Twitter changes its rules

TwitterSocial media chat company Twitter has revised its terms and conditions in a bid to stop what it describes as “abusive behaviour and hateful conduct”.

In a blog entry, the company said that it would not tolerate behaviour such as harassment, initimation, or people who use fear to stifle other peoples’ voices.

Twitter said it’s already taken steps to make life easier for people by providing tools to mute and block messages.

It has introduced actions for “suspected abusive behaviour” including email and phone verification.

Twitter added: “Keeping users safe requires a comprehensive and balanced approach where everyone plays a role. We will continue to build on these initiatives to empower our users and ensure that Twitter remains a platform for people to express themselves.”

European Union proposes Facebook shake up

European flagA committee in the European Parliament is considering changing existing legislation so children under the age of 16 would need parental permission to use Facebook, Twitter and the like. There’s a vote to include a late amendment to a bill  this coming Thursday.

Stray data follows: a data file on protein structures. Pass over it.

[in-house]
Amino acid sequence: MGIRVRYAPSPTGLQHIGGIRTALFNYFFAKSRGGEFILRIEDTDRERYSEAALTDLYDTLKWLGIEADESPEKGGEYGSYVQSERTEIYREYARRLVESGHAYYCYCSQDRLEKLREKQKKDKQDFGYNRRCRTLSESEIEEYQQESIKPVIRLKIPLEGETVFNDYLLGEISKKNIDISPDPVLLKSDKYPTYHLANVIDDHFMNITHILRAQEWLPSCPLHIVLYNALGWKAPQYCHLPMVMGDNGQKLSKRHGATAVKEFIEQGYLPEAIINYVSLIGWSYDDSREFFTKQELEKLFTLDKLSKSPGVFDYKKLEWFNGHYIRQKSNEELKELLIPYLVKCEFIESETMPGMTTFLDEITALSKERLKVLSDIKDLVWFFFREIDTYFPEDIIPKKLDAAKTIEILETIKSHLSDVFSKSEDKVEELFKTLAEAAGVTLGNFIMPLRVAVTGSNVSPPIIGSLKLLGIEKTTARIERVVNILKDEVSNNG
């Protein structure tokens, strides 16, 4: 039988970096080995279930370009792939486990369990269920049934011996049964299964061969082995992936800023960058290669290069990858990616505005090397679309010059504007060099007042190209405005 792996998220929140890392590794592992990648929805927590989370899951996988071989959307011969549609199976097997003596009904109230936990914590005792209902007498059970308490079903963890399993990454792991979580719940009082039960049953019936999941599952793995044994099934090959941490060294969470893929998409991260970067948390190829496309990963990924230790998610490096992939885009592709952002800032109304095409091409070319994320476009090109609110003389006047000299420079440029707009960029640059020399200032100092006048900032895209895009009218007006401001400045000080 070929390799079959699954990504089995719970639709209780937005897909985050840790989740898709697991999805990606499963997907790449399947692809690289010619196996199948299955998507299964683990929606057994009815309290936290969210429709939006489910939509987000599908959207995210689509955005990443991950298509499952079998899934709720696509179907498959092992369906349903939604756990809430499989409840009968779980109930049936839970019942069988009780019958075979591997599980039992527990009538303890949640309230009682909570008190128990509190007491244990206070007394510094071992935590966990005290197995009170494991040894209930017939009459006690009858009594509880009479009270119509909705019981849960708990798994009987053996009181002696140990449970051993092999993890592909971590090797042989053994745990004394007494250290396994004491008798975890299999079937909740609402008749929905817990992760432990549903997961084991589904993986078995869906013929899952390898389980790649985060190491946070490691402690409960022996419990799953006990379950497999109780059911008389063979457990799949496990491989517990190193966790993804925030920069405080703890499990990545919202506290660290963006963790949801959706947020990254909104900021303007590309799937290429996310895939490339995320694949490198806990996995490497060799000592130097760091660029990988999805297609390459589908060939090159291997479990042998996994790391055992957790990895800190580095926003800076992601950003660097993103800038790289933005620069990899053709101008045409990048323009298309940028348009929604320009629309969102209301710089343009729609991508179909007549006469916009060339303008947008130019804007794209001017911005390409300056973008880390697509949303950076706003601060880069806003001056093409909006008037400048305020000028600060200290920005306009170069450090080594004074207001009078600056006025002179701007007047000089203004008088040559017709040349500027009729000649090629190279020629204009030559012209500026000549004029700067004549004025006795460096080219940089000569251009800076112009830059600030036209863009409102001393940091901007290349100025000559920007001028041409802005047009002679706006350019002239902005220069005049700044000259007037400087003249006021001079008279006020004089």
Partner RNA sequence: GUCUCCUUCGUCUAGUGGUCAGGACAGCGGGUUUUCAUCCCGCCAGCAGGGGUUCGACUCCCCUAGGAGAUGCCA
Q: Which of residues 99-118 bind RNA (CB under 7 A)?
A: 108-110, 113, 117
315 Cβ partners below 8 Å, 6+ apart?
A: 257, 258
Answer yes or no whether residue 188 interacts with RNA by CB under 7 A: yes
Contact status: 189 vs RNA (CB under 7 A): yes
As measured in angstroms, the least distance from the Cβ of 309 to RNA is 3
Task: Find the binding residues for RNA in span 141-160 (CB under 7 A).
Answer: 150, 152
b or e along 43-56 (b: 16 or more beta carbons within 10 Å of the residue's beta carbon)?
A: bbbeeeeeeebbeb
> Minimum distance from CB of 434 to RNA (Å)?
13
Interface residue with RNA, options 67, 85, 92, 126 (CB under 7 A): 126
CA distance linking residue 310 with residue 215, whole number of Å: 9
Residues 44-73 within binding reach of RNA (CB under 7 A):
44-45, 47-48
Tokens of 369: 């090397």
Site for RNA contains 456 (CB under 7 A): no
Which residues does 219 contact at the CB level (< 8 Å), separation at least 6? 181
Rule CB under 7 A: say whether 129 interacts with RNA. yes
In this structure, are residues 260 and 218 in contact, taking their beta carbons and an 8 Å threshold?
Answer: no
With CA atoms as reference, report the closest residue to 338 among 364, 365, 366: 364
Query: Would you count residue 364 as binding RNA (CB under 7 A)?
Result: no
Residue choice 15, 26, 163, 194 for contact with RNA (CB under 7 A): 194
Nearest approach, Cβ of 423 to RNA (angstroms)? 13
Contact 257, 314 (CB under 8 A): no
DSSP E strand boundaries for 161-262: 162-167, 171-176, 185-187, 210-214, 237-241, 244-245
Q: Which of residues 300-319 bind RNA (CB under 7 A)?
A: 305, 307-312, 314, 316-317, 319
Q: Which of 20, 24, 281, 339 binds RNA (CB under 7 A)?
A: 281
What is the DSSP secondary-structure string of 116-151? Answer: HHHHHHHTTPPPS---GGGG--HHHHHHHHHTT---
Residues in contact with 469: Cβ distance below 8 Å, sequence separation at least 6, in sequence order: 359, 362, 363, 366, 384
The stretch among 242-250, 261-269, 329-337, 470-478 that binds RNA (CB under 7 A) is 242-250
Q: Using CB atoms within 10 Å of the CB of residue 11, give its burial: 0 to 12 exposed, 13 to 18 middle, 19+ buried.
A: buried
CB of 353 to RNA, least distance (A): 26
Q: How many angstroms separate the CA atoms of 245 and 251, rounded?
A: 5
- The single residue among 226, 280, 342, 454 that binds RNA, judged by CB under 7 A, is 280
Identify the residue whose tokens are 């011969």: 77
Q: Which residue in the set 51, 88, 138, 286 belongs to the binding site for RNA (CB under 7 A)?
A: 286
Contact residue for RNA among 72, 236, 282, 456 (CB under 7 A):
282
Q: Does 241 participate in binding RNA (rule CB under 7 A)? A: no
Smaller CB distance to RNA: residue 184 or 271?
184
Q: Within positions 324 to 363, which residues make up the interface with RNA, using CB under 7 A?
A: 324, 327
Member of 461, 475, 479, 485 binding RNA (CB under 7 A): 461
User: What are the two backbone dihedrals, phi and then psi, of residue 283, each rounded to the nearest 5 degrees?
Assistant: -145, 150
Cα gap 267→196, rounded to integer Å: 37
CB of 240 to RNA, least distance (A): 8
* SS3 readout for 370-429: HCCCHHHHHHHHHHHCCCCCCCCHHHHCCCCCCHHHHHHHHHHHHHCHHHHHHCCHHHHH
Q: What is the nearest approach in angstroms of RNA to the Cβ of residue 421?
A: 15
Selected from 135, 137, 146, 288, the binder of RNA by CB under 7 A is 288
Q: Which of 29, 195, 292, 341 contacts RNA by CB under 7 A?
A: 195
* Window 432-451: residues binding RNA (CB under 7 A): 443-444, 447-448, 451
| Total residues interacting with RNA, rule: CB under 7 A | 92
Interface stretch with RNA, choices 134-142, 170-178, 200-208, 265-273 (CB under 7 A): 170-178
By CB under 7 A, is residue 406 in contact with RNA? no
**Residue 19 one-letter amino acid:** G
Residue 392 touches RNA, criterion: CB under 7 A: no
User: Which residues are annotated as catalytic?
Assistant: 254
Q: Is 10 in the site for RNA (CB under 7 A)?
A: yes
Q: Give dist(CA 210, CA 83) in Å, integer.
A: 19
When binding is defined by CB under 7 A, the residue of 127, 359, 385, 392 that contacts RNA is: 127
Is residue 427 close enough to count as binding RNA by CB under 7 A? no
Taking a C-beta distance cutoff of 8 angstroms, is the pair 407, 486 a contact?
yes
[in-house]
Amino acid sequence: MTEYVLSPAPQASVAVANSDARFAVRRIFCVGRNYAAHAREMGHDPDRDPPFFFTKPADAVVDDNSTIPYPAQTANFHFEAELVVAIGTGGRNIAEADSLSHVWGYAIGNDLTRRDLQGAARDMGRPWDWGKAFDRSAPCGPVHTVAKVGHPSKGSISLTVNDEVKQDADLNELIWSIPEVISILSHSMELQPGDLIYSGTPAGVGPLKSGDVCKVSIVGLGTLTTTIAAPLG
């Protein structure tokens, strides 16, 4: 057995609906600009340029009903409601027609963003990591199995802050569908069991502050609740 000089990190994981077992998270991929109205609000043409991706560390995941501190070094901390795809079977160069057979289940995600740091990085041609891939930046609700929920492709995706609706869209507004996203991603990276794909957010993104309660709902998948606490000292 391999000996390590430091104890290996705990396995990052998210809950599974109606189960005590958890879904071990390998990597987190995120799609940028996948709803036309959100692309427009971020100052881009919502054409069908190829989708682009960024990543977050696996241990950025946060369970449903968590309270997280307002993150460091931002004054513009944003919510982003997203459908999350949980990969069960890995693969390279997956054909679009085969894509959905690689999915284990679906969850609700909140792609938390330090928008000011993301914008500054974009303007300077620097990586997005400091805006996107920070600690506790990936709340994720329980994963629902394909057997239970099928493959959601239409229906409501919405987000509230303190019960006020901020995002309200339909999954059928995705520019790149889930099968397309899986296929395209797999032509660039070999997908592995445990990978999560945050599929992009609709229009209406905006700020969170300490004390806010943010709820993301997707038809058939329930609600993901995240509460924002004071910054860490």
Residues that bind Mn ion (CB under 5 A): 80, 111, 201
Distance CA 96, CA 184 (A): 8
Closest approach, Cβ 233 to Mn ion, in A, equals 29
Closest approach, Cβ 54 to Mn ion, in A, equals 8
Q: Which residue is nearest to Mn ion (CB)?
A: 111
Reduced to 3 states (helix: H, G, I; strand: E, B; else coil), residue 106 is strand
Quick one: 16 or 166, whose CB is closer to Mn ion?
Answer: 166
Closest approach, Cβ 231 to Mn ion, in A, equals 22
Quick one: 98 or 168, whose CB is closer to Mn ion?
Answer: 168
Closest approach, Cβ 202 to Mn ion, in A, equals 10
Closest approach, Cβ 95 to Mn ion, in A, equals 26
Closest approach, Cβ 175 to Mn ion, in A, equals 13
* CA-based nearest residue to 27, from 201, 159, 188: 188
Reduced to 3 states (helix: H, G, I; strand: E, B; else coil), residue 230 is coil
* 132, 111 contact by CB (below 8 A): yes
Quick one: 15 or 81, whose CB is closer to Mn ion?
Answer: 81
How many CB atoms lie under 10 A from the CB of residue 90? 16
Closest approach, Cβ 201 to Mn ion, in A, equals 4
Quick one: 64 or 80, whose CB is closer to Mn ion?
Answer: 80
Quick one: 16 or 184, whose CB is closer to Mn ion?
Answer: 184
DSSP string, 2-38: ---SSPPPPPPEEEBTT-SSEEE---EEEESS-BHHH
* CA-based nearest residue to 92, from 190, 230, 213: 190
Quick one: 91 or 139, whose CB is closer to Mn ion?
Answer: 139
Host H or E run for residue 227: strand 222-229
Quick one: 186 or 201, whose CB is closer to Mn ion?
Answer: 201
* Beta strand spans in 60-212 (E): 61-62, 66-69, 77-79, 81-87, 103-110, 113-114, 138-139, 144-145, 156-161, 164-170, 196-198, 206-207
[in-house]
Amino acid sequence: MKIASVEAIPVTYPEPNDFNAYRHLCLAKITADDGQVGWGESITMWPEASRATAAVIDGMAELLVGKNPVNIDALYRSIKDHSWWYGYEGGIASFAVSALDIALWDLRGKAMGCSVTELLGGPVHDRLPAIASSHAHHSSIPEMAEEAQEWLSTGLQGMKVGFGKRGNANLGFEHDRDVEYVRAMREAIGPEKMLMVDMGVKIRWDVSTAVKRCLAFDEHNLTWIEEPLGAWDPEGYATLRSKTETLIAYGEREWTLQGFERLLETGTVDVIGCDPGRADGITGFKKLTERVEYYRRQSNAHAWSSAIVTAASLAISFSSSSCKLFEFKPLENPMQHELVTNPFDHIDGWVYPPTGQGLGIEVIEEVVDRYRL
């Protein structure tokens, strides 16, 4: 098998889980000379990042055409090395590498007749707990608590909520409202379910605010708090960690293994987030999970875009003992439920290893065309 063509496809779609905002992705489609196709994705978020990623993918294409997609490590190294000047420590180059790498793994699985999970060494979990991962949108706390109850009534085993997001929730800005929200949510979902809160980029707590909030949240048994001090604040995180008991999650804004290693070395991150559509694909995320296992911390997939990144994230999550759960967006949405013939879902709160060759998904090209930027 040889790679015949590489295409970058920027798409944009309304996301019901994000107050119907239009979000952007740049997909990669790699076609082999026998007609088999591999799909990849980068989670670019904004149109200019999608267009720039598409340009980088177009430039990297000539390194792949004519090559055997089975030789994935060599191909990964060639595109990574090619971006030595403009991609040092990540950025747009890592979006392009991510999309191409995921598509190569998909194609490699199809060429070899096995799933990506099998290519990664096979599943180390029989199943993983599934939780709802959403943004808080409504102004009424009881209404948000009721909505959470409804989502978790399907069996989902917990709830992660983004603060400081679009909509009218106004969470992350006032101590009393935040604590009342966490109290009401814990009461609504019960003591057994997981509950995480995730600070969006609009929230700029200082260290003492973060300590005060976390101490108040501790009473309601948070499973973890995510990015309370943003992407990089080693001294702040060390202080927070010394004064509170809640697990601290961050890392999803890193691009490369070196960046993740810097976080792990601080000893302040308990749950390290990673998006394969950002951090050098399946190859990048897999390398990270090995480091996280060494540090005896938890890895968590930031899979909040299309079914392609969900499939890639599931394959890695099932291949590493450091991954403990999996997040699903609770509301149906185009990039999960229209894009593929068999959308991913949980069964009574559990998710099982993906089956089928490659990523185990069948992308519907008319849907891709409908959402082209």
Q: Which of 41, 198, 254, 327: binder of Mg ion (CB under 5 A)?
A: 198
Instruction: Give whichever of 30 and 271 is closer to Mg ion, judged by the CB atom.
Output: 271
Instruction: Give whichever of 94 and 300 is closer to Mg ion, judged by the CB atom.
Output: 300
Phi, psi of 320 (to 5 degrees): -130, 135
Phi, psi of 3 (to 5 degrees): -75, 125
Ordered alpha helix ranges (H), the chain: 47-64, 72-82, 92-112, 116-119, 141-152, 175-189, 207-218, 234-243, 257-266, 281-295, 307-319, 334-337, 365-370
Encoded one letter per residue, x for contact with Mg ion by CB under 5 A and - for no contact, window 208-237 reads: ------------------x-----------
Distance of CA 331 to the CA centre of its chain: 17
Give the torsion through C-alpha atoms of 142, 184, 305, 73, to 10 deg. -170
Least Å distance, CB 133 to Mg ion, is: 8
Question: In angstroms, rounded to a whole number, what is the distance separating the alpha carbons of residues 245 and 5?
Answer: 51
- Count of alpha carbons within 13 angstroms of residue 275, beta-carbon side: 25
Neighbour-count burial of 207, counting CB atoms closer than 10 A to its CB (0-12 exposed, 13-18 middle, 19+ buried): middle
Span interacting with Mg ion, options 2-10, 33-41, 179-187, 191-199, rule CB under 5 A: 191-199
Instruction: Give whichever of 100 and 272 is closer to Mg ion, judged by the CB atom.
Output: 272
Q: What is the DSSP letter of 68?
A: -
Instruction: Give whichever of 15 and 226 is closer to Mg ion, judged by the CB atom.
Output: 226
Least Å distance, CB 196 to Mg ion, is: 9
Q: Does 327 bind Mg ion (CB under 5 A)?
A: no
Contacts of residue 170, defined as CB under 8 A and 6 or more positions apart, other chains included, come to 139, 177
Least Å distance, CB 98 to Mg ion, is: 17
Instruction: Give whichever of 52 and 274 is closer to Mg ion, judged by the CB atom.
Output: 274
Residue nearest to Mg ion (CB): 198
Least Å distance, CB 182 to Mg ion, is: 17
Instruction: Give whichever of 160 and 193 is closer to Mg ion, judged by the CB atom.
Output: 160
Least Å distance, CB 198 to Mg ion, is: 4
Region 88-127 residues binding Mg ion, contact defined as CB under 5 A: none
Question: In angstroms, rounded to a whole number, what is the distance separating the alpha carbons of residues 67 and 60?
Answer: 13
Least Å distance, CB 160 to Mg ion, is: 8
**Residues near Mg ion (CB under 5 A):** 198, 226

The move is intended to protect a child’s personal data. The existing legislation applies to anyone under the age of 13.

But analysts have suggested that such a move would stop young people from learning stuff.

Facebook and other vendors are engaged in a frantic lobbying effort to throw out an amendment that could become law in just a few days.

The amendment has been proposed primarily to stop companies like Facebook from harvesting childrens’ data and using it to sell stuff to them.

Facebook doesn’t exactly saw how it uses peoples’ data but it seems pretty good at popping up ads based on the type of content a person uses.

Facebook readies business version

FacebookFacebook is close to launching its professional version of Facebook – Facebook at Work (FaW).